TACE is accepted widely in treating advanced HCC because of its confirmed clinical effect. Advanced HCC tumors often receive blood from the hepatic artery and portal vein. Therefore, TACE must be administered more than once, and tumor necrosis can still be incomplete. In the present study, the authors demonstrated that TEA with lipiodol-ethanol mixture was an effective therapy for patients with HCC and might be more effective than TACE for treating refractory disease.

Innovations and breakthroughs

TACE with a mixture of lipiodol and ethanol has been shown to be an effective treatment for intrahepatic lesions of HCC, although it has not been widely used or described. Recent reports have highlighted the importance of this new method for its good results in nodular or capsulated HCC. Furthermore, this study suggests that this new method can also be applied in advanced refractory HCC.

Applications

Due to the exciting results and acceptable adverse events, TEA could represent a future treatment strategy for advanced HCC.

Terminology

Lipiodol is a very important embolization agent in TACE of HCC. Ethanol can kill tumor cells, and percutaneous ethanol injections have been used to treat unresectable small HCC tumors (chemical ablation). Ethanol can also produce permanent microcirculatory embolization that inhibits tumor growth by denaturing proteins, coagulating platelets, and dehydrating vascular endothelial cells in tumors. Transarterial lipiodol-ethanol mixture injection is called TEA.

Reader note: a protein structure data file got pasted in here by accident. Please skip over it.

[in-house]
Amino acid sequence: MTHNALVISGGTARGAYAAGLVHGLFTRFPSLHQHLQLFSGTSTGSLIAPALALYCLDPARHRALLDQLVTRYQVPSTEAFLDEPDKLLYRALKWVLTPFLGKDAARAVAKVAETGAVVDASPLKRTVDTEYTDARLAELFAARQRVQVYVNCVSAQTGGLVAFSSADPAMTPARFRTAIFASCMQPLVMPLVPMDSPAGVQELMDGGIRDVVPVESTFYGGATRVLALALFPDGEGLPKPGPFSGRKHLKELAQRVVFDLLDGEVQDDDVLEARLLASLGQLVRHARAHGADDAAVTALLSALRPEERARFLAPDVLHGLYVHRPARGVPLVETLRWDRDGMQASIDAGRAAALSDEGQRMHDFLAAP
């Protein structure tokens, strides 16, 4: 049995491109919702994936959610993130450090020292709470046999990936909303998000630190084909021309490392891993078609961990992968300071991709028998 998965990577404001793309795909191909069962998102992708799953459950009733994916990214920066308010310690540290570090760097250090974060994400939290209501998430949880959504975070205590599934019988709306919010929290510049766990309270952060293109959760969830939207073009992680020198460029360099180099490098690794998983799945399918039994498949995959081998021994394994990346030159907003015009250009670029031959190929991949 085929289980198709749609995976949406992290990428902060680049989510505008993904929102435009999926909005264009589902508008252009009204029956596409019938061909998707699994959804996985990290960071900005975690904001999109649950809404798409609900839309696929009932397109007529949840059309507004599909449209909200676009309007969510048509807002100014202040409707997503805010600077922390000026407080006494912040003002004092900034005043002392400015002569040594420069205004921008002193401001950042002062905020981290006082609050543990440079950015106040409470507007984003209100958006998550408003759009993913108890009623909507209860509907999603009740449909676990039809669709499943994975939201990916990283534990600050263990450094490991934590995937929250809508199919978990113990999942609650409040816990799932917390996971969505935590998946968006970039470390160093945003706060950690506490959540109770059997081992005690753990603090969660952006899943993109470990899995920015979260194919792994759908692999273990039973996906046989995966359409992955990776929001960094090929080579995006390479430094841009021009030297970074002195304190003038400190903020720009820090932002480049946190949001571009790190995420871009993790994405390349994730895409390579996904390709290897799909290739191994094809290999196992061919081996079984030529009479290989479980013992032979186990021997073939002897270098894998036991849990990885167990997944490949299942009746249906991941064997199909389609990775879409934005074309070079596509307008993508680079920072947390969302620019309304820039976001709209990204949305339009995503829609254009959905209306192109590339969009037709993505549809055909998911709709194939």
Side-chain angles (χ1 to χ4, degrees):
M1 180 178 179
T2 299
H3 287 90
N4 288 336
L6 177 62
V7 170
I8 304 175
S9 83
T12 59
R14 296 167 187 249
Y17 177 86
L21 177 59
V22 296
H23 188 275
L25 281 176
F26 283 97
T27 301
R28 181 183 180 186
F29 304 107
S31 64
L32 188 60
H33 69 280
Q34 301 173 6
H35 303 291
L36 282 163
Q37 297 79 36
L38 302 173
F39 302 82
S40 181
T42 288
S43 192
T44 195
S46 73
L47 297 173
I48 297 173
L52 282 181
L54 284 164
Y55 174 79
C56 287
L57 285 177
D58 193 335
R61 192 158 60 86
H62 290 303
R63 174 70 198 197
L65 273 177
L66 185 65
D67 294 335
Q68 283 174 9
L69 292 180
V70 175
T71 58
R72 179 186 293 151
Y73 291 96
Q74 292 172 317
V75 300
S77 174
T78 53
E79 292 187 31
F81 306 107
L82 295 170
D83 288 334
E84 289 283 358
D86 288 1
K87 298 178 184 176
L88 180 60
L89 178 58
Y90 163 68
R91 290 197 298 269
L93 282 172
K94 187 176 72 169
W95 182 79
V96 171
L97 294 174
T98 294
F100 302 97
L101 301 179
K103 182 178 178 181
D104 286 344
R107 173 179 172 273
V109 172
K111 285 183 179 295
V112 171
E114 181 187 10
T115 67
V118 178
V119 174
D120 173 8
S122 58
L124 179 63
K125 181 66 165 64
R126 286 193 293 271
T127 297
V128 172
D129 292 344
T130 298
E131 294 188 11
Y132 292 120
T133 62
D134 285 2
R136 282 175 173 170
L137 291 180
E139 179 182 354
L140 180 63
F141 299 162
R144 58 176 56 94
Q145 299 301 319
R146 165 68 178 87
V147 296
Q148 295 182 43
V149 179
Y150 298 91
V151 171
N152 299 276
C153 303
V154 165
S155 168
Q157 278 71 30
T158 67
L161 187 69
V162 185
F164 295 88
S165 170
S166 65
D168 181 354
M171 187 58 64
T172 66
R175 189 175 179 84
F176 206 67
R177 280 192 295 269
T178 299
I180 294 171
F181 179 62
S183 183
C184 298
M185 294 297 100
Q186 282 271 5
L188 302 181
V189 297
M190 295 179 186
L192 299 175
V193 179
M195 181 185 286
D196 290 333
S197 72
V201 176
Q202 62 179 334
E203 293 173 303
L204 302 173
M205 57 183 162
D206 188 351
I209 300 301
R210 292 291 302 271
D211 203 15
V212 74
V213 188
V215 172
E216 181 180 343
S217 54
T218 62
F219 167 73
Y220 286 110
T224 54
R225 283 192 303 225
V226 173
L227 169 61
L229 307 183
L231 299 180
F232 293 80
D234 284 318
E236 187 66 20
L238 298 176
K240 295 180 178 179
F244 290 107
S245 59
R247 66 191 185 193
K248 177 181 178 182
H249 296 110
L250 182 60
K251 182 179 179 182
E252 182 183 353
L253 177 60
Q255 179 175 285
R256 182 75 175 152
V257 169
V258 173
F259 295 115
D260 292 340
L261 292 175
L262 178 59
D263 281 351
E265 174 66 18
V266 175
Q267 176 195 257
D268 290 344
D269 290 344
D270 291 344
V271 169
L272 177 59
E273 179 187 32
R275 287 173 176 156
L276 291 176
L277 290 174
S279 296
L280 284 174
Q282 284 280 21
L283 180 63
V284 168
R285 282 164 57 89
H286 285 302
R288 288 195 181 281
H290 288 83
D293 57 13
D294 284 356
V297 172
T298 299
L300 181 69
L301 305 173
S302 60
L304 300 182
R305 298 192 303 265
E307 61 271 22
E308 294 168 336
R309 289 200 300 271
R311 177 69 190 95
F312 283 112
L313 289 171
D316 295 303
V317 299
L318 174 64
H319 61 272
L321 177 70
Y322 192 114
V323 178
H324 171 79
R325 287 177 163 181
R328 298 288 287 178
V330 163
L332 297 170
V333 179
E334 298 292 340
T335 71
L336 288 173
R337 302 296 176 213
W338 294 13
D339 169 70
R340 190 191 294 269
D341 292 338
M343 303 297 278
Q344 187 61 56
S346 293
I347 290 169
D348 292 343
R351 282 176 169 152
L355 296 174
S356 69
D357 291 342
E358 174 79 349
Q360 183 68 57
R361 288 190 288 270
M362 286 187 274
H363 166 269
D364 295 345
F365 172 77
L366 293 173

Peer review

The authors report on the prospective follow-up of 15 patients treated with lipiodol-ethanol injection. The results are interesting. They reveal that TEA is a effective and safe treatment for advanced HCC. A further comparative study with TACE is needed to re-evaluate this new method.

Footnotes

Peer reviewer: Michael A Fink, MBBS, FRACS, Department of Surgery, The University of Melbourne, Austin Hospital, Melbourne, Victoria 3084, Australia

S- Editor Sun H L- Editor Kerr C E- Editor Lin YP